Merkel’s allies reject idea of ‘United States of Europe’ ahead of crucial coalition talks

Merkel’s allies reject idea of ‘United States of Europe’ ahead of crucial coalition talks
Europe is not ready for a federal system, trusted allies of Chancellor Angela Merkel’s Christian Democrats (CDU) have said, rejecting a vision for the continent as proposed by Martin Schulz of the Social Democratic Party (SPD), a former coalition partner.

Germany plunged into crisis after the country’s political forces failed to form a coalition following the September Bundestag election. SPD leader Martin Schulz, who had previously ruled out forming a coalition with the CDU, this week agreed to“open-ended” talks with Merkel's camp.

“We don’t have to govern at any price, but we must not reject governing at all costs either,” Schulz said Thursday, after CDU coalition negotiations with the liberal Free Democratic Party (FDP) and the Greens collapsed.

“I want a European constitutional treaty that creates a federal Europe,” Schulz said at the SPD party congress in Berlin. He said a draft of the European Constitutional Treaty ”must then be presented in all member states and those that do not agree would automatically leave the EU.”

Schulz promised to advocate strongly for the creation of a 'United States of Europe' under a single constitution by 2025 to tackle the many challenges faced by the EU.

That vision was firmly rejected by Merkel’s closest CDU allies Saturday, ahead of coalition talks pencilled in for Wednesday. Volker Kauder, frequently referred to as the ‘right hand of Merkel,’ called the proposal “more of a threat to the EU and citizens’ approval of Europe.”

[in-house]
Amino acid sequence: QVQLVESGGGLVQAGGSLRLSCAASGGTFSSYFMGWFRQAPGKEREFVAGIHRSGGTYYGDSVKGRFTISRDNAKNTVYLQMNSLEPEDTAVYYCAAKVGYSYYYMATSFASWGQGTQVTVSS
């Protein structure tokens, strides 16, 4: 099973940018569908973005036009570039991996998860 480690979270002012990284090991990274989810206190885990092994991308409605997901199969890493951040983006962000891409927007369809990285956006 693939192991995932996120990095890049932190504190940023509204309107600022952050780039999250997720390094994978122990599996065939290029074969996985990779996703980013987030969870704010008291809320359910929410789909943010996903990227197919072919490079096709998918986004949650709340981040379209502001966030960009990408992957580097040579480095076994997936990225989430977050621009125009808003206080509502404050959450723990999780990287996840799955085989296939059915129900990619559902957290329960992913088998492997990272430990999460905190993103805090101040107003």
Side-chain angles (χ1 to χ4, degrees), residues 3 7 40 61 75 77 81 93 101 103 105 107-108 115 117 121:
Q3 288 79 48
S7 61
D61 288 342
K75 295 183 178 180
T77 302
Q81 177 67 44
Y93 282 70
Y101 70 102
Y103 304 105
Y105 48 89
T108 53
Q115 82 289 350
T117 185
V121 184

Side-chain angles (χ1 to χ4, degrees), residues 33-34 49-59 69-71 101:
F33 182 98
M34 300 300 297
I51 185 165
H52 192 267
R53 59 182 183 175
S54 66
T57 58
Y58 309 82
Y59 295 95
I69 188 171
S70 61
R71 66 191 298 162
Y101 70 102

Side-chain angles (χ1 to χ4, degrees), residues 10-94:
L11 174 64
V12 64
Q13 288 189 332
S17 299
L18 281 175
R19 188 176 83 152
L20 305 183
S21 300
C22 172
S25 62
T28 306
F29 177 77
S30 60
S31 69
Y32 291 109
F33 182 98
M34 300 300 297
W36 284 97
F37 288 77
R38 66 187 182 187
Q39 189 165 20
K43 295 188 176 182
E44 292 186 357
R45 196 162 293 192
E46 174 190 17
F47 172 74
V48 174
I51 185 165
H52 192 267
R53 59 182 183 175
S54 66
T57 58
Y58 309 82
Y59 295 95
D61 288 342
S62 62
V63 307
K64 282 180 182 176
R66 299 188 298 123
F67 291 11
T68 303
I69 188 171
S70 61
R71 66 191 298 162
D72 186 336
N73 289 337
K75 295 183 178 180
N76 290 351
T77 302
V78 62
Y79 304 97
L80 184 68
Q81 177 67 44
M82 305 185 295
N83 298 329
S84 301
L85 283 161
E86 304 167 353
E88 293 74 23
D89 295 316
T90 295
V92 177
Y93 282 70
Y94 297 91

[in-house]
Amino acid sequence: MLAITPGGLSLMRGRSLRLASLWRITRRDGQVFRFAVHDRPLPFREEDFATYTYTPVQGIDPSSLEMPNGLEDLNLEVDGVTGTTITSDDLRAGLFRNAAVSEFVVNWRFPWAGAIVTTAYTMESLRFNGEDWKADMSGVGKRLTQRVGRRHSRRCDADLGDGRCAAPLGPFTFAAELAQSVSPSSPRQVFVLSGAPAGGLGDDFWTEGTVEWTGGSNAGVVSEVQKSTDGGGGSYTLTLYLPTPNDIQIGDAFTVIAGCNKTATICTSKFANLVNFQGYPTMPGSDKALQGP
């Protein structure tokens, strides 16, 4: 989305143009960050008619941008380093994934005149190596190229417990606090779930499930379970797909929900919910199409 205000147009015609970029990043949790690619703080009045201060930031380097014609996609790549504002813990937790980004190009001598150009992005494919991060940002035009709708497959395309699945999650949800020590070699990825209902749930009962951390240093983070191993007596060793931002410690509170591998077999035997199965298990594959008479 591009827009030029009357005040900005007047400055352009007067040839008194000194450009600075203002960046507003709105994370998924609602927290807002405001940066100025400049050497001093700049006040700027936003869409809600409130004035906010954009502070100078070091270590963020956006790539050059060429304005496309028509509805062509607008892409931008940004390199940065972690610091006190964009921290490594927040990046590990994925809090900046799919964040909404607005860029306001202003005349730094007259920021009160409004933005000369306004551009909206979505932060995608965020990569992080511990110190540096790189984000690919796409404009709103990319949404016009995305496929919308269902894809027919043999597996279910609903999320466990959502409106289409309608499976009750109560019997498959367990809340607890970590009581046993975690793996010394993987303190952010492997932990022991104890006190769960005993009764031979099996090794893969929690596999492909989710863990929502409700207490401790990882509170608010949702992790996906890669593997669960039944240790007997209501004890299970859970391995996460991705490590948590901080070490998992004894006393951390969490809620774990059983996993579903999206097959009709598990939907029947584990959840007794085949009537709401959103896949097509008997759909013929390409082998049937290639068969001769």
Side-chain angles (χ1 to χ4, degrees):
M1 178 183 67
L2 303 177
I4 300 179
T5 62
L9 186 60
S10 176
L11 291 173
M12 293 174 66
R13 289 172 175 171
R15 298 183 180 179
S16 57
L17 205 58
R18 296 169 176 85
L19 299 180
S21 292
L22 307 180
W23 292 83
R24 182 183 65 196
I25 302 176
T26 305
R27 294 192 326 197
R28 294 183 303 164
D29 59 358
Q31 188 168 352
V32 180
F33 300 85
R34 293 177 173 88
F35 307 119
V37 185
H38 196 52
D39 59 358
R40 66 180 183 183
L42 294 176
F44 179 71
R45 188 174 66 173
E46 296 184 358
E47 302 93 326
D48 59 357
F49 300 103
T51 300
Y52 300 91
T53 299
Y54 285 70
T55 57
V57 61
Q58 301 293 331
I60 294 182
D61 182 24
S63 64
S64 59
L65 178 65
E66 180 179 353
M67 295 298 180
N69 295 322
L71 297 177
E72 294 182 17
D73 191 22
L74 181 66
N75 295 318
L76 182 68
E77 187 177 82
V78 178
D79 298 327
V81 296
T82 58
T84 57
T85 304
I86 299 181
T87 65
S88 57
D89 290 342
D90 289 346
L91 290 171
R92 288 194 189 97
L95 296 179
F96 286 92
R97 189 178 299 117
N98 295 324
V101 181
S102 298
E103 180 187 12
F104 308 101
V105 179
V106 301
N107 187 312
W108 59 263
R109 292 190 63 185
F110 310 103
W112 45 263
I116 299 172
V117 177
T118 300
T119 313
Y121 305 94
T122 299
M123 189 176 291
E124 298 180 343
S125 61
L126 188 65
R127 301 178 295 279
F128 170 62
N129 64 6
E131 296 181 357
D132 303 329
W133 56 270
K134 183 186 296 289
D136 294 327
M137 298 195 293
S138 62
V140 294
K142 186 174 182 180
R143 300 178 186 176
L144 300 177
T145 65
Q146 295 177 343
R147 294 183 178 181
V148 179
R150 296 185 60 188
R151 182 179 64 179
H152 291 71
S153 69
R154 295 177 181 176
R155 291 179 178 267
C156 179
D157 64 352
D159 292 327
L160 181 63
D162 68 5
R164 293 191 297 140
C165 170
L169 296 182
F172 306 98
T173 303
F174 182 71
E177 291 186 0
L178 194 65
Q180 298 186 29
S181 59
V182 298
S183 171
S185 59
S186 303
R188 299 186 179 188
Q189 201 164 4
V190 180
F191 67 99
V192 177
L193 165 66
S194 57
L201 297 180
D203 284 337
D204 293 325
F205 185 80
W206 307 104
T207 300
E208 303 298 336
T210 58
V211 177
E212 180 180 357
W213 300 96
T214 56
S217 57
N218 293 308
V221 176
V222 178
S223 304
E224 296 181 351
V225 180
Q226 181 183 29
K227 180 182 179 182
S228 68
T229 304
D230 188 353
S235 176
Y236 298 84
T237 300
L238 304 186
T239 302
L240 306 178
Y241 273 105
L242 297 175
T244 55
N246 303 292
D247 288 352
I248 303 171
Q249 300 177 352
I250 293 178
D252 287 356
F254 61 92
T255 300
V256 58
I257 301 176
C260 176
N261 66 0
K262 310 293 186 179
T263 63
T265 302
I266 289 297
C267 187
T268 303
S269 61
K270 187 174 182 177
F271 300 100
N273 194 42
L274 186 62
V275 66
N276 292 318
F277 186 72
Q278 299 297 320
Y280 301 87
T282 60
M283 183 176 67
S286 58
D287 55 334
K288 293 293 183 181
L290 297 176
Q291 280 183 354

Kauder believes that member states simply do not have the appetite for such a proposal at the moment.

“The proposal would also jeopardize the work of unification that is unique in the history of the world because the majority of member states certainly wouldn’t participate in creating a United States,” Kauder told the Tagesspiegel newspaper. “I also wonder where the added value of this United States should be compared to today's Europe.”

Chief of Staff of the German Chancellery, Peter Altmaier, also rejected Schulz’s idea, arguing that member states will not surrender their sovereignty.

“The discussion of whether Europe should be a federal state, a confederation of states or the United States is one for scientists and journalists – not for German foreign policy,” Altmaier told the Rheinische Post Saturday. “A United States of Europe would transfer member states’ sovereignty to Brussels and there would not be a majority for that in many EU states.”

European hopes to create a consolidated constitution failed in 2005, when the Dutch and French failed to ratify the 'Treaty Establishing a Constitution for Europe' which was signed in Rome on October 29, 2004. It aimed to replace the existing European Union (EU) treaties with a single text. After three years of reflection, EU members signed the Lisbon Treaty, which consolidated European institutions without infringing on the sovereignty of member states.

While the SPD and CDU disagree on their vision for a wider Europe, Merkel’s party still hopes to form a coalition with the Social Democrats by early next year. “Because of our political responsibility, we now have to ensure that the talks with the SPD lead to a government that stably governs the country for four years,” Altmaier said.

“If we want to strengthen Europe in this troubled world, we need a stable majority [government],” Kauder told Tagesspiegel. “I hope we have coalition talks in January.”

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